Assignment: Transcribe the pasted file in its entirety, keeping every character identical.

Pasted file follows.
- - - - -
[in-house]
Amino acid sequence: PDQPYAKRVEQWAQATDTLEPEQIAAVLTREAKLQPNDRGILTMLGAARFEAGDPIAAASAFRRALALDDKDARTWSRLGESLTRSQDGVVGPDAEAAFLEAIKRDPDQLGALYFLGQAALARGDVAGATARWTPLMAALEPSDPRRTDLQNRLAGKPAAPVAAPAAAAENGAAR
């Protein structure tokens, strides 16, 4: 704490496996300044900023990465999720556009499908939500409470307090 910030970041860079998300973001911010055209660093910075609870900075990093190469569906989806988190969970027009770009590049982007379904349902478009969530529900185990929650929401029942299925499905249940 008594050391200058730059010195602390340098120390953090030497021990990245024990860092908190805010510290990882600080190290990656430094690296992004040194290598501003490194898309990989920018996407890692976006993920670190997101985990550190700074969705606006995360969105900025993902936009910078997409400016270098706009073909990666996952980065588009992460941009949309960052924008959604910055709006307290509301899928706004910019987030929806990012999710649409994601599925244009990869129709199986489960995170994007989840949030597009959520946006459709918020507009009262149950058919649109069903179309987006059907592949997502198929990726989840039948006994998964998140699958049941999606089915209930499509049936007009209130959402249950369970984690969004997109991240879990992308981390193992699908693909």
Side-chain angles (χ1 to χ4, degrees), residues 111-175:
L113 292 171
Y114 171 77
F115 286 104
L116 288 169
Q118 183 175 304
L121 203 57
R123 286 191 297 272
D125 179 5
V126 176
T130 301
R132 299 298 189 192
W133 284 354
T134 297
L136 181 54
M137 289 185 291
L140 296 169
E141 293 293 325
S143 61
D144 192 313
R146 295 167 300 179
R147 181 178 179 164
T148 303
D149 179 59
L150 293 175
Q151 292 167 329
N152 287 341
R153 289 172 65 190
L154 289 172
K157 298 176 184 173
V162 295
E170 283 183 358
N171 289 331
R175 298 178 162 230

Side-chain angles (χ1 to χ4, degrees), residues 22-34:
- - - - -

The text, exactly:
[in-house]
Amino acid sequence: PDQPYAKRVEQWAQATDTLEPEQIAAVLTREAKLQPNDRGILTMLGAARFEAGDPIAAASAFRRALALDDKDARTWSRLGESLTRSQDGVVGPDAEAAFLEAIKRDPDQLGALYFLGQAALARGDVAGATARWTPLMAALEPSDPRRTDLQNRLAGKPAAPVAAPAAAAENGAAR
């Protein structure tokens, strides 16, 4: 704490496996300044900023990465999720556009499908939500409470307090 910030970041860079998300973001911010055209660093910075609870900075990093190469569906989806988190969970027009770009590049982007379904349902478009969530529900185990929650929401029942299925499905249940 008594050391200058730059010195602390340098120390953090030497021990990245024990860092908190805010510290990882600080190290990656430094690296992004040194290598501003490194898309990989920018996407890692976006993920670190997101985990550190700074969705606006995360969105900025993902936009910078997409400016270098706009073909990666996952980065588009992460941009949309960052924008959604910055709006307290509301899928706004910019987030929806990012999710649409994601599925244009990869129709199986489960995170994007989840949030597009959520946006459709918020507009009262149950058919649109069903179309987006059907592949997502198929990726989840039948006994998964998140699958049941999606089915209930499509049936007009209130959402249950369970984690969004997109991240879990992308981390193992699908693909």
Side-chain angles (χ1 to χ4, degrees), residues 111-175:
L113 292 171
Y114 171 77
F115 286 104
L116 288 169
Q118 183 175 304
L121 203 57
R123 286 191 297 272
D125 179 5
V126 176
T130 301
R132 299 298 189 192
W133 284 354
T134 297
L136 181 54
M137 289 185 291
L140 296 169
E141 293 293 325
S143 61
D144 192 313
R146 295 167 300 179
R147 181 178 179 164
T148 303
D149 179 59
L150 293 175
Q151 292 167 329
N152 287 341
R153 289 172 65 190
L154 289 172
K157 298 176 184 173
V162 295
E170 283 183 358
N171 289 331
R175 298 178 162 230

Side-chain angles (χ1 to χ4, degrees), residues 22-34: